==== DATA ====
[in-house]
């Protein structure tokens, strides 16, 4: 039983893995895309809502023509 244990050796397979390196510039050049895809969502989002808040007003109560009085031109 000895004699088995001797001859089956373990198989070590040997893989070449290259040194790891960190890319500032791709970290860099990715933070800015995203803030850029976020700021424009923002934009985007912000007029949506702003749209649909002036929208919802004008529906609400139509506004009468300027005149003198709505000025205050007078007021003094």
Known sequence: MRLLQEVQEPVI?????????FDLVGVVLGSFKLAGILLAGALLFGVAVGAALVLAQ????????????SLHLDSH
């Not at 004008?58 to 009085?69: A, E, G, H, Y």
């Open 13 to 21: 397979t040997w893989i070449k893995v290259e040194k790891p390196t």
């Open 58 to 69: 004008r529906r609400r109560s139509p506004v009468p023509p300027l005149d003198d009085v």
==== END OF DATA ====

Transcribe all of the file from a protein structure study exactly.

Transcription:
[in-house]
């Protein structure tokens, strides 16, 4: 039983893995895309809502023509 244990050796397979390196510039050049895809969502989002808040007003109560009085031109 000895004699088995001797001859089956373990198989070590040997893989070449290259040194790891960190890319500032791709970290860099990715933070800015995203803030850029976020700021424009923002934009985007912000007029949506702003749209649909002036929208919802004008529906609400139509506004009468300027005149003198709505000025205050007078007021003094």
Known sequence: MRLLQEVQEPVI?????????FDLVGVVLGSFKLAGILLAGALLFGVAVGAALVLAQ????????????SLHLDSH
């Not at 004008?58 to 009085?69: A, E, G, H, Y």
């Open 13 to 21: 397979t040997w893989i070449k893995v290259e040194k790891p390196t």
């Open 58 to 69: 004008r529906r609400r109560s139509p506004v009468p023509p300027l005149d003198d009085v």